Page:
The main reason people sell their home privately without a real estate agent, is to save on costs. In a deal where there are no real estate agents involved, you could save a sales commission of up to 5% or 6% of the sale price. For a $300,000 home, that commission can add up to $15,000 or more.
But your buyer will likely use an agent and expect you to pay that agent's fees — usually 2.5%. And don't forget you still have to pay a lawyer to finalize the deal.
4 reasons to sell your home yourself
- You have the time and ability
- Lower sales costs
- More control over the price
- More control over the sales process
There are a variety of websites that can help you sell your home privately. These are often called for sale by owners (FSBO) websites. You can also pay a discount broker a small flat fee to advertise on the Multiple Listing Service (MLS) site.
It's easier to sell your own home in a hot real estate market. When home sales drag, finding a buyer yourself may not be so easy.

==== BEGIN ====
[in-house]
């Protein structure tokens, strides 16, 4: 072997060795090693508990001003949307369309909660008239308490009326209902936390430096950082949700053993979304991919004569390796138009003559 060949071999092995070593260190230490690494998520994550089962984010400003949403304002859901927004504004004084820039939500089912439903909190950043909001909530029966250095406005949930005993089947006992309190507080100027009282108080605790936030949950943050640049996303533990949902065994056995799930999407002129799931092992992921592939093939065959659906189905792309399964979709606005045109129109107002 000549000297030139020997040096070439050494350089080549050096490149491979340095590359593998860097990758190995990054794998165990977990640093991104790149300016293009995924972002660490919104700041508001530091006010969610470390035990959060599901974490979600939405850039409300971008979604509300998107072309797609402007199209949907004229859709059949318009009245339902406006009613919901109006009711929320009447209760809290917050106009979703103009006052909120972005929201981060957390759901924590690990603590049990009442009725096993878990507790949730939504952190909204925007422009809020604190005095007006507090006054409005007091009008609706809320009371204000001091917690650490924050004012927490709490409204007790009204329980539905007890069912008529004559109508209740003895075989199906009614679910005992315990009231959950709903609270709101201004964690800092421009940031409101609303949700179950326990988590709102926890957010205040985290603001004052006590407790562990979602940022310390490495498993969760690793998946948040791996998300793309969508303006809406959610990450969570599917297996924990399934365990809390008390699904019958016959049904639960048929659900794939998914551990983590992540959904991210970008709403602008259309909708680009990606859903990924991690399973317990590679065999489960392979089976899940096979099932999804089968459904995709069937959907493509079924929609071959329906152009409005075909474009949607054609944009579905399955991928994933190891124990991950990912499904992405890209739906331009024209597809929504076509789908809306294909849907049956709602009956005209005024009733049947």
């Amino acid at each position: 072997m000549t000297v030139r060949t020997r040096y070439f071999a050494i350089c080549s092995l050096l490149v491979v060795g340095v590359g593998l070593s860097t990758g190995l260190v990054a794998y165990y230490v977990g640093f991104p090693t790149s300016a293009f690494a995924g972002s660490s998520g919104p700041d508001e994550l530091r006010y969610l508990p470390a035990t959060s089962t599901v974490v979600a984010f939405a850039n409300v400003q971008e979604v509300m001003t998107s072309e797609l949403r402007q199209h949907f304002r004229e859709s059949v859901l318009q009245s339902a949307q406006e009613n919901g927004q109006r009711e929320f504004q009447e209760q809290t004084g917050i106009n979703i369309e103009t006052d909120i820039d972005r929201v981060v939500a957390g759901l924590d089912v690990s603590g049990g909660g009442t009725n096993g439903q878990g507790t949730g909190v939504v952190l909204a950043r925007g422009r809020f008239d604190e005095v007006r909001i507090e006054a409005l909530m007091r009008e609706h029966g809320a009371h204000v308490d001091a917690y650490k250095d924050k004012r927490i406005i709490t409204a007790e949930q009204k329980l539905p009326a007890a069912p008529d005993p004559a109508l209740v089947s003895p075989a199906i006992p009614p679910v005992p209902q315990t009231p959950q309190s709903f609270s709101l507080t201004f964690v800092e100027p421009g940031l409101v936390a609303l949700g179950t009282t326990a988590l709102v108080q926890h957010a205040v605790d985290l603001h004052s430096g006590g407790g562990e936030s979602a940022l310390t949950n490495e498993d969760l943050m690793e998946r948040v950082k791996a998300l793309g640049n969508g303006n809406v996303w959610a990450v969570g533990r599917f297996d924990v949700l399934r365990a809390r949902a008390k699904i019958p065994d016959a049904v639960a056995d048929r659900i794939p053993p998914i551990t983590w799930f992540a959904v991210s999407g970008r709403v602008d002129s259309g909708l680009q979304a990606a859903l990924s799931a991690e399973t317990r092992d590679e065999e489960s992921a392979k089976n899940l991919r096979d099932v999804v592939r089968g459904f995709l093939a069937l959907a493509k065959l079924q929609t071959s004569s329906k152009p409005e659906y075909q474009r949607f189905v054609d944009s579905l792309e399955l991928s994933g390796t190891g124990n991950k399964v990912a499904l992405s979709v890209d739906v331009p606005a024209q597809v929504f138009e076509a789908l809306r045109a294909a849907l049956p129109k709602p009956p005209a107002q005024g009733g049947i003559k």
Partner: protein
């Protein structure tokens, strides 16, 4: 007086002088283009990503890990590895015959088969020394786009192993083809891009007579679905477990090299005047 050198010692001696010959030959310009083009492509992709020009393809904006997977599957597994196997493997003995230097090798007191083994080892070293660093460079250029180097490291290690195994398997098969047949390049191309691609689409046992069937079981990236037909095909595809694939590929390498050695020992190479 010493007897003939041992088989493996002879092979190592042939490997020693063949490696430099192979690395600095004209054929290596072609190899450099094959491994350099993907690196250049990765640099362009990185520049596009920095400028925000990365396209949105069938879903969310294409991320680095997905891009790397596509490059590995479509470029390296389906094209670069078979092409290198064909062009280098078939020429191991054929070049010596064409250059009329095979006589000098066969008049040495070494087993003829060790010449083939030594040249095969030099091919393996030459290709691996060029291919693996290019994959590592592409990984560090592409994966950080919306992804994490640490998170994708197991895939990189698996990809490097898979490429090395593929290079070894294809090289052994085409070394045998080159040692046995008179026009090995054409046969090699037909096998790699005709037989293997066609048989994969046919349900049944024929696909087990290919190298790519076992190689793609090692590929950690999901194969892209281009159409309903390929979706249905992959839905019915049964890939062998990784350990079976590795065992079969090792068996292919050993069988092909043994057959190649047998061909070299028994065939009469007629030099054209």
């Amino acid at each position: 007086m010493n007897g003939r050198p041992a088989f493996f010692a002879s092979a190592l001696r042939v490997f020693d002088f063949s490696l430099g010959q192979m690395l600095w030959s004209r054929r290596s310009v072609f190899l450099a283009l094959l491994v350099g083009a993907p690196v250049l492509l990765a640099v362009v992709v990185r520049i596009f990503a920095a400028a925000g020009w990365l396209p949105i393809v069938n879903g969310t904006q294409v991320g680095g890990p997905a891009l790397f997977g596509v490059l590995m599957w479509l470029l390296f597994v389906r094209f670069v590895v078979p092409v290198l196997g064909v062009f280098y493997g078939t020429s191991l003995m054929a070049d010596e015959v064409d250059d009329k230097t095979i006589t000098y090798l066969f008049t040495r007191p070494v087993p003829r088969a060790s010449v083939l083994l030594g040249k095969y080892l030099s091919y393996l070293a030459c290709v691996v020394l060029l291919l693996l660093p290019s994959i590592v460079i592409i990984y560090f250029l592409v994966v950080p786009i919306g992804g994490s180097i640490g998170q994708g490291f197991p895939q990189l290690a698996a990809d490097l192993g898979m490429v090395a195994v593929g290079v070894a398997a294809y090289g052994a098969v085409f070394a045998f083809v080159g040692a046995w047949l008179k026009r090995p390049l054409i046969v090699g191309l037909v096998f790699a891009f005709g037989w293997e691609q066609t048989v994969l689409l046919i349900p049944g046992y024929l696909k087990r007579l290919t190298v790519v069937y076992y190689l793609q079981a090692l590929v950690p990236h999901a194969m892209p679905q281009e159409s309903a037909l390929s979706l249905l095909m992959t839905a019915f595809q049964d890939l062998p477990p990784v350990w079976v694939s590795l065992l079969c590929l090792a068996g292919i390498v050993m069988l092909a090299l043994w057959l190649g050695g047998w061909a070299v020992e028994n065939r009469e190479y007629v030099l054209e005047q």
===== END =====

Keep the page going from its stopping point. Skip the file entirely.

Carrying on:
5 reasons to use an agent
- Their knowledge, skills and resources
- Convenient because they handle all aspects of sale
- No separate sales costs beyond agent's commission
- May get you a higher price
- May sell your home faster
5 questions to ask yourself
- Are you confident you can sell your home for a price close to what an agent would get for you?
- Do you want to be highly involved in the sales process?
- Will you have time to show your own home?
- Are you comfortable showing your home to buyers?
- Are you comfortable negotiating with buyers and their agents?
If you answer no to any of these questions, you may want to use a real estate agent.
Does it pay to sell your own home? Decide if the cost savings outweigh the time and effort you will have to invest in selling your home. Read Sonya and Sergei’s story to see what one couple decided.
Content in this section is provided in partnership with Investor Education Fund, a non-profit organization founded and supported by the Ontario Securities Commission that provides unbiased and independent financial tools to help Canadians make better money decisions. To find out more, go to: GetSmarterAboutMoney.ca